10. Learning

10.1 LEARNING IN GENERAL

• Some learning strategies are,

collaboration

demonstrations

didactic presentation

discovery

drill

games

interpersonal discussion

problem-solving

simulation

tutorial

10.1.1 Learning Theories

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• Kolb’s Learning Styles Inventory (LSI) includes four areas, [Ellsworth, pg. 386]

Concrete Experience (CE): experience based, peer oriented, emphasizes feedback.

Abstract Conceptualization (AC): analytical, oriented towards things and symbols, authority directed impersonal learning situations.

Abstract Experimentation (AE): Active orientation, focused on “doing”, project oriented.

Reflective Observation (RO): Reflective, Observational approach, prefer lecture situations.

• Four levels of learning are suggested [Ellsworth, pg. 388],

Level 1: “Why are we doing this?”

Level 2: Learning the technology

Level 3: Mastering the tools

Level 4: Application of knowledge to problem solving

• Bloom developed a set of six learning objectives. In order these are,

1. Knowledge: list, name, state, define, identify, match, recall

2. Comprehension: discuss, paraphrase, compute, extrapolate, describe, explain, distinguish

3. Application: choose, classify, use, interpret, calculate, relate, demonstrate

4. Analysis: separate, recognize, test, differentiate, solve

5. Synthesis: design, order, develop, create, summarize, combine, propose

6. Evaluation: evaluate, justify, critique, appraise

10.1.2 References/Bibliography

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10.1 Ellsworth, J.H., Education on the Internet, Sams Publishing, 1994.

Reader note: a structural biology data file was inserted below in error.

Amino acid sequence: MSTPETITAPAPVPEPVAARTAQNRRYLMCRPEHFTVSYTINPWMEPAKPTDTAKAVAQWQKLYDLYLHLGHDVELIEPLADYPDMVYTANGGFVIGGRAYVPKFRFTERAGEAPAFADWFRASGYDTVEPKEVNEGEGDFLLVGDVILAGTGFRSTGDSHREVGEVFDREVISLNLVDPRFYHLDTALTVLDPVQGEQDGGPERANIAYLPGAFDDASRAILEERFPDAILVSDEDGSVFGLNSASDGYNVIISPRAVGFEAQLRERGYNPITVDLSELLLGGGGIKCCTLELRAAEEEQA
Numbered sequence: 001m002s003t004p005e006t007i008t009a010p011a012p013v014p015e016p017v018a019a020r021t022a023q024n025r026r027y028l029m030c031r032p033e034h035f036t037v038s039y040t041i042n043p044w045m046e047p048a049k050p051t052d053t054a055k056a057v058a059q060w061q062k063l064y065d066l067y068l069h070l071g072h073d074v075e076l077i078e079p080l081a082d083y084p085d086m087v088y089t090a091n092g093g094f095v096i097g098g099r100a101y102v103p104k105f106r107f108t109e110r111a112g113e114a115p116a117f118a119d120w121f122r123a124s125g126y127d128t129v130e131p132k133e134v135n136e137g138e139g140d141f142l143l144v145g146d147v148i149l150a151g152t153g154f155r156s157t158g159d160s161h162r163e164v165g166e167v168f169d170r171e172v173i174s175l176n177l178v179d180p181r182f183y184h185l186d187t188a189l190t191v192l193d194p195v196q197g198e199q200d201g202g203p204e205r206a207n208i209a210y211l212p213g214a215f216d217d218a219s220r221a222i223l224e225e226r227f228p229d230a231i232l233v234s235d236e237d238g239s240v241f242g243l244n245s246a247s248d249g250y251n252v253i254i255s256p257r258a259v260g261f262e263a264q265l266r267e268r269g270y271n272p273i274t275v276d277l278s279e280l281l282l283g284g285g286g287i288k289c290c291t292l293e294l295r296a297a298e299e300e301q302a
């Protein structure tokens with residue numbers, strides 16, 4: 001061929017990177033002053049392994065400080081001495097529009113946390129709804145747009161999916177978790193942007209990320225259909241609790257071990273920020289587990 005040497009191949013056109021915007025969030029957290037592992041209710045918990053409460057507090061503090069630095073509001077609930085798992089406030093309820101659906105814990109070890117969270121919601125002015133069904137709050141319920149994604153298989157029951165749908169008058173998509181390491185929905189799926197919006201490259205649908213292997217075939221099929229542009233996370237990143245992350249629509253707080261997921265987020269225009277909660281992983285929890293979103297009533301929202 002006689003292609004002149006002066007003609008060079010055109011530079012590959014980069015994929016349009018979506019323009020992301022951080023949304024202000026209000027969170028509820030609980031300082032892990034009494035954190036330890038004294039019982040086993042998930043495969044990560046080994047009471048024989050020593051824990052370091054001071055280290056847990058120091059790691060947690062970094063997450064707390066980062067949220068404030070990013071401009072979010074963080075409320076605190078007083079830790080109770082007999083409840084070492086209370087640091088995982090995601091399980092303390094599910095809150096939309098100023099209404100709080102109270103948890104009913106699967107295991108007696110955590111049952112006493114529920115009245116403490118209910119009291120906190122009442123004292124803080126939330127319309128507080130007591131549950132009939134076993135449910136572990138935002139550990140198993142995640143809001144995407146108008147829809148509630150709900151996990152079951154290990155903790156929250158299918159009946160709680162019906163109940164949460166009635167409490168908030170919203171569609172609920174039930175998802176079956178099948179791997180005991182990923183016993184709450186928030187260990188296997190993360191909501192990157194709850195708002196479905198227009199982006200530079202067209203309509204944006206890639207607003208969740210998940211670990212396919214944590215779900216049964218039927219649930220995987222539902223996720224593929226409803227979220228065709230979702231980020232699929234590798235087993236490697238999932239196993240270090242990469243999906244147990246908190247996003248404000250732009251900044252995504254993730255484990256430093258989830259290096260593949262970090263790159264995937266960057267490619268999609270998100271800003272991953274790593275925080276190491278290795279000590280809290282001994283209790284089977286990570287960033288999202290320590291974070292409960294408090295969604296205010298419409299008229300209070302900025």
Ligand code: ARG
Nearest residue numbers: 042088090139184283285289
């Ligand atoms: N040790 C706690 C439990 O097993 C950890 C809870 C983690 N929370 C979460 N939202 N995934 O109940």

10.2 ON-LINE LEARNING

• Basic characteristics of on-line education,

fast: immediate connections/delivery in some cases

not scheduled: material can be reviewed and questions answered at any time

location independent: connection from any location, even home

high connectivity: a very large number of people, and information are readily available

individualized: sequence of material, depth of material, additional review, etc. can be adjusted by the student as needed

• Some important concepts when planning on-line courses are,

bring the students into a learning neighborhood.

create appropriate challenges for the content and format.

context for all material must be clearly defined.

set out a clear start and end to the work.

• When creating on-line courses,

identify course goals.

analyze material for suitability, some is not suited to distance, and solutions should be found.

set objectives for modules (if this mode is used).

try to make best use of tools available.

don’t forget support, technical, library, etc.

set up and maintain records of interactions in the class. (comments, discussions, etc.)

set up an ongoing evaluation system, including feedback.

• From the faculty standpoint, factors for success are,

faculty control of the course (ownership)

don’t let technology replace the value of learning

good technical support all round.

10.2.1 References/Bibliography

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10.2 Ellsworth, J.H., Education on the Internet, Sams Publishing, 1994.

 

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